Tuesday, April 10, 2018

Wednesday Wisdom: A Little Old-Fashioned Honesty



I believe fundamental honesty is the keystone of business.  - Harvey S. Firestone
I received a curious voice mail the other day.

Hi, Mr. Farnsworth. My name is Cheryl and I'm calling regarding a card that you left at St. Cloud Lodge Hall in downtown St. Cloud and there was $10 with it. I'm just calling to find out what this is about. Please call me back. I still have the $10 and your card.

Not knowing who Cheryl was and not being familiar with St. Cloud Lodge Hall, I returned the call. Cheryl said she had found an envelope in their mail slot a few months ago. Still puzzled, I asked her for the address. She told me the street number on New York Avenue, and said it was upstairs above New York Artist Shop, a small framing and art supply store.

A-ha! Now it all made sense. I then told Cheryl the rest of the story about the envelope and the $10.

Back in December I went to New York Artist Shop to get a picture frame repaired. The congenial shopkeeper fixed it on the spot for $5. She didn't want to take a credit card for such a small amount, so I offered to pay with a $20 bill, the only cash in my wallet. She didn't have change and all the shops around us were already closed for the day.

She suggested that I could come back when I had change; she would trust me to do that. I agreed.

The next day I returned to settle up. I had decided that since she had trusted me so much and had charged me so little, I would add a $5 tip to the original bill of $5. The shop was closed for lunch but I had an envelope with me. I put my card and a $10 bill in the envelope and put it through a mail slot in what I assumed was the front of her store.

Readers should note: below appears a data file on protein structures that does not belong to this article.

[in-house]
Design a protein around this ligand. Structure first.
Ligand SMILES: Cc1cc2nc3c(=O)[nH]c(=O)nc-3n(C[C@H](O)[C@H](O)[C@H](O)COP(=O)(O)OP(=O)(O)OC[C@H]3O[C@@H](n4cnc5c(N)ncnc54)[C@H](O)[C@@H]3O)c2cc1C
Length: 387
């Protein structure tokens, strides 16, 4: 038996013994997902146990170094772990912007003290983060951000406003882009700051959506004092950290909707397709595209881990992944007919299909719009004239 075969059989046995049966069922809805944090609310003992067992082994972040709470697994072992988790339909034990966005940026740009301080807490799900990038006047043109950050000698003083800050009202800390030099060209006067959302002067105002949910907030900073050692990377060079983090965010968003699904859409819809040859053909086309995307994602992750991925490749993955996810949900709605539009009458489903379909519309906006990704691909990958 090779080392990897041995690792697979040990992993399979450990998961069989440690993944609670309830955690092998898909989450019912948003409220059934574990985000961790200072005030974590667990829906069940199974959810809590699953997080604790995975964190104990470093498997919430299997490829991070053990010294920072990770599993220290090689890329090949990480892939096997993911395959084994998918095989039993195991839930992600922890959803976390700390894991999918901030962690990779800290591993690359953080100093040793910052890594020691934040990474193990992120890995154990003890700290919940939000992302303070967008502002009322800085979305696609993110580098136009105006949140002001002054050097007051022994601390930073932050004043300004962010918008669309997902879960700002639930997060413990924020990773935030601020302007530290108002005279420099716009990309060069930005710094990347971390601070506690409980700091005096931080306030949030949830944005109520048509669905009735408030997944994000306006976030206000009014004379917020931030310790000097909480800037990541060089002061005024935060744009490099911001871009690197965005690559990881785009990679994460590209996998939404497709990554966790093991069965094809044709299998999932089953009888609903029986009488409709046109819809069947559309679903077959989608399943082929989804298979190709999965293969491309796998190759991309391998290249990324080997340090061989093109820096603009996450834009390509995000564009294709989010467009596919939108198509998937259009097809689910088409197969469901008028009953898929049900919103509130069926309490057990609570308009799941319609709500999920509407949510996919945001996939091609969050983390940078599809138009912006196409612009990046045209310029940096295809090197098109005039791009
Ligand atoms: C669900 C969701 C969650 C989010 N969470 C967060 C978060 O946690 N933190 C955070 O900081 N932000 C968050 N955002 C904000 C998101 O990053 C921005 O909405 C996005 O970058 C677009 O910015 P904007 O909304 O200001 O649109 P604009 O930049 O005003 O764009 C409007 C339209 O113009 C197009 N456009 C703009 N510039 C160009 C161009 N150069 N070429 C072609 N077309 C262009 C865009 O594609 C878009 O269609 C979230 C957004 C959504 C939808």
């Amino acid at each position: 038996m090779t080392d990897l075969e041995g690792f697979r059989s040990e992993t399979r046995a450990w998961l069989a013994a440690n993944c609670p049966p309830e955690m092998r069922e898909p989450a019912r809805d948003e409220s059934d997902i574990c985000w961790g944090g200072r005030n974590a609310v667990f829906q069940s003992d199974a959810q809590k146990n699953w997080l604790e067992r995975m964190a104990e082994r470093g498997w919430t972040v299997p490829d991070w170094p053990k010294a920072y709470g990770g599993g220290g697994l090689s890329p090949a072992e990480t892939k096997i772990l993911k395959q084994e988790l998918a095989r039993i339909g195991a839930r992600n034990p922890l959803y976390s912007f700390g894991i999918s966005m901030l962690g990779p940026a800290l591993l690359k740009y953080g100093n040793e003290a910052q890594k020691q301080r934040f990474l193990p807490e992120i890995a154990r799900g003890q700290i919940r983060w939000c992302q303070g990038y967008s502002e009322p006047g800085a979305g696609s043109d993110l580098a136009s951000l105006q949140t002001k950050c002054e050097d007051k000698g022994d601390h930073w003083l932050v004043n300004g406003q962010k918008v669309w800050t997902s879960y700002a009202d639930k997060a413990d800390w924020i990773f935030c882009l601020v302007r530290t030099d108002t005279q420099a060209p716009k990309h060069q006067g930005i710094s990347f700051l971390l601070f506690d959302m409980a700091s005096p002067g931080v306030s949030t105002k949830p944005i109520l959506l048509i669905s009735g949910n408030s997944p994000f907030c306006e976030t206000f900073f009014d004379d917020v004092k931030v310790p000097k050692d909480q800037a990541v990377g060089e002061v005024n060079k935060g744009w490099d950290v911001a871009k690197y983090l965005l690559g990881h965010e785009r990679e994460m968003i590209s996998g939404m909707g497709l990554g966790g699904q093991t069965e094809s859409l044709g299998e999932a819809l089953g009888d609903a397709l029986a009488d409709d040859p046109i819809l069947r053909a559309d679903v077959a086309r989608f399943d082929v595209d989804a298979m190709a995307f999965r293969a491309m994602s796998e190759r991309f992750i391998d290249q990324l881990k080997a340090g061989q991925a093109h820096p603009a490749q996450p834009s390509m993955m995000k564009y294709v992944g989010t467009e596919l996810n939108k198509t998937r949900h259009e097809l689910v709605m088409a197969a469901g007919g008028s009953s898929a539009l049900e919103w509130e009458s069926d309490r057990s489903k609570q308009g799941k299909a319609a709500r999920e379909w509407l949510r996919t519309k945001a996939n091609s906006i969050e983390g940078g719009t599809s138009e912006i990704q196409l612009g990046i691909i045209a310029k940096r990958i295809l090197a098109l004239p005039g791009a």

It turns out the mail slot belongs to the office upstairs, St. Cloud Lodge Hall.

"The $10 belongs to your downstairs neighbor, New York Artist Shop," I told Cheryl. "Please drop it off to her with my apology. I thought the mail slot was hers."

Cheryl promised she would.

* * * * *

You may be thinking that ten dollars is no big deal. Monetarily you are probably right. But to me there is more at stake here than a ten-dollar bill. I'd like to think that if the amount were a hundred dollars or a thousand dollars, the narrative would have been the same:

The friendly shopkeeper would have told me to come back and settle up when I could.

I would have returned as promised to pay my bill.

Cheryl would not have slipped the misplaced cash into her purse - which she very easily could have done - but instead would have gone to the trouble of finding the rightful owner, completing the circle of integrity.

It's reassuring to know there are still good people in this world like these two trusting and trustworthy women. And I like to think there are many more. People with integrity in matters large and small. People who can be counted on to keep their word. People who still believe in a little old-fashioned honesty.

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